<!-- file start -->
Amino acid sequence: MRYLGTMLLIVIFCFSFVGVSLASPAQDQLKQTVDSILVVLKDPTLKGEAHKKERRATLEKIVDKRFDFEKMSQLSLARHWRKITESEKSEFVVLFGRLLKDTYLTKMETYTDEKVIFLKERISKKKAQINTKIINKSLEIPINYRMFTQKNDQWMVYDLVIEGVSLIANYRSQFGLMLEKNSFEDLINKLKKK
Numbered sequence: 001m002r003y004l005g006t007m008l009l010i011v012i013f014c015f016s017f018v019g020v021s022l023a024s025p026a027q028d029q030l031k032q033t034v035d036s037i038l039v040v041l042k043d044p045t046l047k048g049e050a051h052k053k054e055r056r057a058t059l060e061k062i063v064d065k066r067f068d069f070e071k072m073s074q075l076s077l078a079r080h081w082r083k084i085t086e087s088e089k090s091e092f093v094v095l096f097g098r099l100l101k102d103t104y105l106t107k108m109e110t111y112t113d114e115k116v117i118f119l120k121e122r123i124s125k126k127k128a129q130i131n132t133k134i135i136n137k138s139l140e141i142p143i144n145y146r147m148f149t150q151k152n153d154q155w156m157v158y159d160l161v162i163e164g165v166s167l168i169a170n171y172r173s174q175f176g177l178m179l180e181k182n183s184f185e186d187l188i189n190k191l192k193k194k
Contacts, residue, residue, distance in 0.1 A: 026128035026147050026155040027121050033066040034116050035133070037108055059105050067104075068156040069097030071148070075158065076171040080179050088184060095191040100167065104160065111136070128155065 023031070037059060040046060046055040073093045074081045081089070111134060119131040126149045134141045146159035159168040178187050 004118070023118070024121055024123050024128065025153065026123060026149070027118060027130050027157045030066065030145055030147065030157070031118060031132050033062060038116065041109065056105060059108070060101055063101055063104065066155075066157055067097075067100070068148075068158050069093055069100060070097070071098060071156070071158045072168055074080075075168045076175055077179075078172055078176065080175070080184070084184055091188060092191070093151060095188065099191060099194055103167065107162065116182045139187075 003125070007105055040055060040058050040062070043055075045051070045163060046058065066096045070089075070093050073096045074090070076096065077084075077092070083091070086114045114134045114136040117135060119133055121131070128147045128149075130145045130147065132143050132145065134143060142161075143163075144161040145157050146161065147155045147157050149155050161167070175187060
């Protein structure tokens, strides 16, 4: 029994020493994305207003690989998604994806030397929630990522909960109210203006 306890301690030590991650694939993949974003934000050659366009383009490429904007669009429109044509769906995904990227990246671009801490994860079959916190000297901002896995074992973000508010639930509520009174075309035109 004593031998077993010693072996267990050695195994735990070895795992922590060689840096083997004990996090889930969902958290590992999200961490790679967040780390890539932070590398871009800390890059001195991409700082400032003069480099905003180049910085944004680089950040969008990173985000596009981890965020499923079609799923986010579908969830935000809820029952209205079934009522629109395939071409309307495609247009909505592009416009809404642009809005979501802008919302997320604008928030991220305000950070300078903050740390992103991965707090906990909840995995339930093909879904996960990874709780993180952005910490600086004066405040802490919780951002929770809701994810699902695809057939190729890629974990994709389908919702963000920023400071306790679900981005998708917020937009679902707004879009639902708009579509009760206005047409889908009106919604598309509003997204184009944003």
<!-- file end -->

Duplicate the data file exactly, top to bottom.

Amino acid sequence: MRYLGTMLLIVIFCFSFVGVSLASPAQDQLKQTVDSILVVLKDPTLKGEAHKKERRATLEKIVDKRFDFEKMSQLSLARHWRKITESEKSEFVVLFGRLLKDTYLTKMETYTDEKVIFLKERISKKKAQINTKIINKSLEIPINYRMFTQKNDQWMVYDLVIEGVSLIANYRSQFGLMLEKNSFEDLINKLKKK
Numbered sequence: 001m002r003y004l005g006t007m008l009l010i011v012i013f014c015f016s017f018v019g020v021s022l023a024s025p026a027q028d029q030l031k032q033t034v035d036s037i038l039v040v041l042k043d044p045t046l047k048g049e050a051h052k053k054e055r056r057a058t059l060e061k062i063v064d065k066r067f068d069f070e071k072m073s074q075l076s077l078a079r080h081w082r083k084i085t086e087s088e089k090s091e092f093v094v095l096f097g098r099l100l101k102d103t104y105l106t107k108m109e110t111y112t113d114e115k116v117i118f119l120k121e122r123i124s125k126k127k128a129q130i131n132t133k134i135i136n137k138s139l140e141i142p143i144n145y146r147m148f149t150q151k152n153d154q155w156m157v158y159d160l161v162i163e164g165v166s167l168i169a170n171y172r173s174q175f176g177l178m179l180e181k182n183s184f185e186d187l188i189n190k191l192k193k194k
Contacts, residue, residue, distance in 0.1 A: 026128035026147050026155040027121050033066040034116050035133070037108055059105050067104075068156040069097030071148070075158065076171040080179050088184060095191040100167065104160065111136070128155065 023031070037059060040046060046055040073093045074081045081089070111134060119131040126149045134141045146159035159168040178187050 004118070023118070024121055024123050024128065025153065026123060026149070027118060027130050027157045030066065030145055030147065030157070031118060031132050033062060038116065041109065056105060059108070060101055063101055063104065066155075066157055067097075067100070068148075068158050069093055069100060070097070071098060071156070071158045072168055074080075075168045076175055077179075078172055078176065080175070080184070084184055091188060092191070093151060095188065099191060099194055103167065107162065116182045139187075 003125070007105055040055060040058050040062070043055075045051070045163060046058065066096045070089075070093050073096045074090070076096065077084075077092070083091070086114045114134045114136040117135060119133055121131070128147045128149075130145045130147065132143050132145065134143060142161075143163075144161040145157050146161065147155045147157050149155050161167070175187060
């Protein structure tokens, strides 16, 4: 029994020493994305207003690989998604994806030397929630990522909960109210203006 306890301690030590991650694939993949974003934000050659366009383009490429904007669009429109044509769906995904990227990246671009801490994860079959916190000297901002896995074992973000508010639930509520009174075309035109 004593031998077993010693072996267990050695195994735990070895795992922590060689840096083997004990996090889930969902958290590992999200961490790679967040780390890539932070590398871009800390890059001195991409700082400032003069480099905003180049910085944004680089950040969008990173985000596009981890965020499923079609799923986010579908969830935000809820029952209205079934009522629109395939071409309307495609247009909505592009416009809404642009809005979501802008919302997320604008928030991220305000950070300078903050740390992103991965707090906990909840995995339930093909879904996960990874709780993180952005910490600086004066405040802490919780951002929770809701994810699902695809057939190729890629974990994709389908919702963000920023400071306790679900981005998708917020937009679902707004879009639902708009579509009760206005047409889908009106919604598309509003997204184009944003």